Die Säge des Todes

Die Säge des Todes

Girls are killed at a language-school in Spain.

  • Category:Horror
  • Stars:Unknown
  • Uploader:DeGea
  • Country:West Germany, Spain
  • Director:Jesús Franco
  • Writer:Erich Tomek (screenplay)

Miguel, a young man with a horribly disfigured face, goes on a rampage at a masquerade party and rapes a girl. He then brutally hacks up the young woman with a pair of scissors. Miguel is institutionalized at a mental asylum for five years. Afterward, he is released into the care of his sister, Manuela. Along with their wheelchair bound mother, they operate a boarding school for young woman, called Europe's International Youth-Club Boarding School of Languages, on the Spanish resort of Costa Del Sol. Miguel is intrigued by Angela, a long-haired brunette, whom he first saw on the train ride from the sanitarium. The creepy Miguel follows her around. Miguel meets with Manuela to request that they resume their incestuous relationship. She reminds him that it was this relationship that made him emotionally unstable five years earlier. She says they cannot because nobody understands them: "Only if we could get rid of everyone, then things could go back to the way they were." Then Angela's ... . You can read more in Google, Youtube, Wiki

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Die Säge des Todes torrent reviews

Peter L (gb) wrote: A cute romantic comedy from Hong Kong, "Love in a Puff" depicts a blossoming romance between a Sephora salesgirl and an advertising exec who meet with other fellow smokers outside the office due to an anti-smoking ban. There are lots of nice comic scenes from the opening "ghost story" scene which sets up a joke later in the movie to a creative method of smoking in a slurpee cup. Haven't seen so much smoking in a film mixed with humor and drama since Wayne Wang's "Smoke" (1995).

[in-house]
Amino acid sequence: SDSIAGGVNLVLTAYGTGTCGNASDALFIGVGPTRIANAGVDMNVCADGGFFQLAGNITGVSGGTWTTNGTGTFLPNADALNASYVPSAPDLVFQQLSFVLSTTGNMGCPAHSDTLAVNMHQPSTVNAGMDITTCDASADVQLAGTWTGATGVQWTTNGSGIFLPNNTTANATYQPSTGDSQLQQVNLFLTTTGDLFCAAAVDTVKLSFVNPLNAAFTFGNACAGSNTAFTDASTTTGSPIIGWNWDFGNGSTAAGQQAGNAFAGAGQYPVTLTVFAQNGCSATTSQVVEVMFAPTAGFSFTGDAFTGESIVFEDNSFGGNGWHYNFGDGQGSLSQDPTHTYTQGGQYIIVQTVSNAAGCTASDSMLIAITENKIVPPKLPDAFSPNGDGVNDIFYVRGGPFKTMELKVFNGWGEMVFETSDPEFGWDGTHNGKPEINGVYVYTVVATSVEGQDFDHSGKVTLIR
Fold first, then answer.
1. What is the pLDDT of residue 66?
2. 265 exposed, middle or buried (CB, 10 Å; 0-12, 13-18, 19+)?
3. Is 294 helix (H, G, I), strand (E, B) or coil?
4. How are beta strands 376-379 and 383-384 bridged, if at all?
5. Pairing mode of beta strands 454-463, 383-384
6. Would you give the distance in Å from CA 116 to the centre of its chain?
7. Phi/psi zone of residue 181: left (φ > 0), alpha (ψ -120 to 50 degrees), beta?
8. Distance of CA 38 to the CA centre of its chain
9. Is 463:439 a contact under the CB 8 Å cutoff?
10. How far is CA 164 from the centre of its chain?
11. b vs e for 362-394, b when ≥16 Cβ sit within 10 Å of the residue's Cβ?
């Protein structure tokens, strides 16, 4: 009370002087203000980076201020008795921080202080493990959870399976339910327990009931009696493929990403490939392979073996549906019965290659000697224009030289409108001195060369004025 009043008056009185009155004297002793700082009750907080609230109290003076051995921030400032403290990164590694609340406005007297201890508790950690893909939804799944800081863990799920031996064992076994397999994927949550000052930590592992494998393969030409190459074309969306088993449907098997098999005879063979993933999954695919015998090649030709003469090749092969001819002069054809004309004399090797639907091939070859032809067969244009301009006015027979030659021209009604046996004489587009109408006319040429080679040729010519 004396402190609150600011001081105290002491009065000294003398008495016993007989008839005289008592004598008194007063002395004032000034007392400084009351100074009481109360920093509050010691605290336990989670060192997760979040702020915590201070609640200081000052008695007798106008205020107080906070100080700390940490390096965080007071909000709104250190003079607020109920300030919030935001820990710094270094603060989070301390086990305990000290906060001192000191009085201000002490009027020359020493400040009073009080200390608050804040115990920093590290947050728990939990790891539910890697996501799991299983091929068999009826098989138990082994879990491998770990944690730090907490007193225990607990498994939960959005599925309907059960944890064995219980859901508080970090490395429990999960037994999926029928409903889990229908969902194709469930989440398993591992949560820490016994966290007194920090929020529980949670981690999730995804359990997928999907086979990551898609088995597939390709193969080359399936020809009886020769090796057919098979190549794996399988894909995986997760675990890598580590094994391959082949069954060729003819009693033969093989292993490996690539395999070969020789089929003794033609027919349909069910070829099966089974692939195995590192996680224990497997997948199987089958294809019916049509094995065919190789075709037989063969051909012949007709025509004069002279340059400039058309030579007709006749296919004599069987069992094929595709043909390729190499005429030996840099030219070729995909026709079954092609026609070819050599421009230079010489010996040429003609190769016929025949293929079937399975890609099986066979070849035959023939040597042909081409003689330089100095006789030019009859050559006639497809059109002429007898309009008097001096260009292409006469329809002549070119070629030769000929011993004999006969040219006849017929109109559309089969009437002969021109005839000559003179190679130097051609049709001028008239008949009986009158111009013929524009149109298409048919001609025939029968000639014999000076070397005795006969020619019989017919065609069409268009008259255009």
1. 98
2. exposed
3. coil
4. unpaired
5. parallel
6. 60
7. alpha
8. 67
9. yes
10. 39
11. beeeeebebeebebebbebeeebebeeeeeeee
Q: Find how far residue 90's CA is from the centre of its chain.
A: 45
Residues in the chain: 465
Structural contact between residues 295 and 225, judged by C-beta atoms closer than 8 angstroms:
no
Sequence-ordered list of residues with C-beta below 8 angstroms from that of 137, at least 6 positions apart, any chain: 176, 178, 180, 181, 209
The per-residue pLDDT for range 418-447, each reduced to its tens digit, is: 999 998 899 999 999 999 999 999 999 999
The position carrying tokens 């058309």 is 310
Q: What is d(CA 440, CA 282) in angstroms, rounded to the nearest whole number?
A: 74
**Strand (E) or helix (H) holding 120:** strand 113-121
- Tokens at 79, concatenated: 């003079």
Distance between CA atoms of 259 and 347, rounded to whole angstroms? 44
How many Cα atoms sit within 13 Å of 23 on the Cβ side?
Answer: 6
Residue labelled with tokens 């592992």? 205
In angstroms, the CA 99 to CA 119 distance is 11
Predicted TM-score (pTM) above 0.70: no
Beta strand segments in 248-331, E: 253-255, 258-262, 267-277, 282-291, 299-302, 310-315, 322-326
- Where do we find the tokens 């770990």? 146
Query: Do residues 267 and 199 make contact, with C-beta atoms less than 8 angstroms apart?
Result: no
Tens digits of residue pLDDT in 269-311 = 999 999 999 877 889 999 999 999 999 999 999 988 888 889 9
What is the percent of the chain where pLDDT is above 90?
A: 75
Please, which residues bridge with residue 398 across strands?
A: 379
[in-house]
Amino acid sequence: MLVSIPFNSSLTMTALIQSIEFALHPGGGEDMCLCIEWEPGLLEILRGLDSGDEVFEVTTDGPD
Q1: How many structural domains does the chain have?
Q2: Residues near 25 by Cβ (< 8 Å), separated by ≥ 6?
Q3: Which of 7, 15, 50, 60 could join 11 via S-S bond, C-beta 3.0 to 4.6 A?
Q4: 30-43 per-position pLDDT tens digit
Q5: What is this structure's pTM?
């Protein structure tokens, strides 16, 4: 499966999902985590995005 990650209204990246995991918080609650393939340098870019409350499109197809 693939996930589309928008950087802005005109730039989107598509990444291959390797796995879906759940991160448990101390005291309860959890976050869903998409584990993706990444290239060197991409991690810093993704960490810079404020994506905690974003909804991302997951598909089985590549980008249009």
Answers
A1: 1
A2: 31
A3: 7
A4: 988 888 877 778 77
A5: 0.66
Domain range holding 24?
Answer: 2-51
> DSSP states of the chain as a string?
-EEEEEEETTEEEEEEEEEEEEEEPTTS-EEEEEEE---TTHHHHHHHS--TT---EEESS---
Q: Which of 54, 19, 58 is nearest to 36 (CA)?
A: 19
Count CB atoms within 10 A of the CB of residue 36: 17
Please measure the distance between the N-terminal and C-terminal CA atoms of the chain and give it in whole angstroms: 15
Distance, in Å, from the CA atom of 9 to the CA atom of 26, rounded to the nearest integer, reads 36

Louis L (us) wrote: If I was able to stay awake, I would have enjoyed the movie more. The pace of the movie was SLOOOOOOWWWWW. Father and daughter do not communicate. I get it. But the father can easily talk with strangers. Annoying. I'd rather see more of the daughter. She looked hot.

Lil Sister (ca) wrote: I love this movie cuz it shows people that they should never give up weather they have a problem or not!

Joshua L (es) wrote: terrific acting, music and movie!

Brendan B (gb) wrote: great fun for the whole family. i loved john dwyer's unique writing style. we can all relate to a dad who has an existential crisis and is just allowed to live on the edge. captain ron, played by kurt russel, was a hoot and a half!

Damon N (us) wrote: This film gives me jokes in the height of his fame, this film was middle of the road lol.

Ben H (us) wrote: This movie was the surrealistest record of suburban America at the start of the housing bubble, and betrays the superficiality of a wholly corporate life. Plus John Goodman's great in it, as always.